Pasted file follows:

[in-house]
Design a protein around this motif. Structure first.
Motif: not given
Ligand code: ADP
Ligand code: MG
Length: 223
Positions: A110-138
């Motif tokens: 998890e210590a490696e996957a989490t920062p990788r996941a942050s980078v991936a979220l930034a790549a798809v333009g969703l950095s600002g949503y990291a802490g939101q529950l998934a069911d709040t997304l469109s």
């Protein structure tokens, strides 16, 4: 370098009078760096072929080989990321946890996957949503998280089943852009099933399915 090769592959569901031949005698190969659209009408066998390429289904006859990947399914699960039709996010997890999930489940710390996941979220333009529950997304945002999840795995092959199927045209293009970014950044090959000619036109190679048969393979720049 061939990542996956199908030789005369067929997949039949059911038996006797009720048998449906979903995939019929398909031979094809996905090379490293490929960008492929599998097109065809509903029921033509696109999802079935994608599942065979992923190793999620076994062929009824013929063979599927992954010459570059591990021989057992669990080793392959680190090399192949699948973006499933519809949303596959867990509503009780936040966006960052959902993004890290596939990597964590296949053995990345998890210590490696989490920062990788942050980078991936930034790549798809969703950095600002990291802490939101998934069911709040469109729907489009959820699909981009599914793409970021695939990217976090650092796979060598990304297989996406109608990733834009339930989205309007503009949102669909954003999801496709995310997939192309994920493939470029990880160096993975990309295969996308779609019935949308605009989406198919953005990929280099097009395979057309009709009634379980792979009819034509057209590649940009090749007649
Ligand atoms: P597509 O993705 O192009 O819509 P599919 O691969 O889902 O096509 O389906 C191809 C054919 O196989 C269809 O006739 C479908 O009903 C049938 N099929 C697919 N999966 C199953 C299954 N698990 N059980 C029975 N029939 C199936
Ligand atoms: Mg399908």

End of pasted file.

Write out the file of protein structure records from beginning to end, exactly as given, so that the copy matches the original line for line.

[in-house]
Design a protein around this motif. Structure first.
Motif: not given
Ligand code: ADP
Ligand code: MG
Length: 223
Positions: A110-138
């Motif tokens: 998890e210590a490696e996957a989490t920062p990788r996941a942050s980078v991936a979220l930034a790549a798809v333009g969703l950095s600002g949503y990291a802490g939101q529950l998934a069911d709040t997304l469109s």
């Protein structure tokens, strides 16, 4: 370098009078760096072929080989990321946890996957949503998280089943852009099933399915 090769592959569901031949005698190969659209009408066998390429289904006859990947399914699960039709996010997890999930489940710390996941979220333009529950997304945002999840795995092959199927045209293009970014950044090959000619036109190679048969393979720049 061939990542996956199908030789005369067929997949039949059911038996006797009720048998449906979903995939019929398909031979094809996905090379490293490929960008492929599998097109065809509903029921033509696109999802079935994608599942065979992923190793999620076994062929009824013929063979599927992954010459570059591990021989057992669990080793392959680190090399192949699948973006499933519809949303596959867990509503009780936040966006960052959902993004890290596939990597964590296949053995990345998890210590490696989490920062990788942050980078991936930034790549798809969703950095600002990291802490939101998934069911709040469109729907489009959820699909981009599914793409970021695939990217976090650092796979060598990304297989996406109608990733834009339930989205309007503009949102669909954003999801496709995310997939192309994920493939470029990880160096993975990309295969996308779609019935949308605009989406198919953005990929280099097009395979057309009709009634379980792979009819034509057209590649940009090749007649
Ligand atoms: P597509 O993705 O192009 O819509 P599919 O691969 O889902 O096509 O389906 C191809 C054919 O196989 C269809 O006739 C479908 O009903 C049938 N099929 C697919 N999966 C199953 C299954 N698990 N059980 C029975 N029939 C199936
Ligand atoms: Mg399908």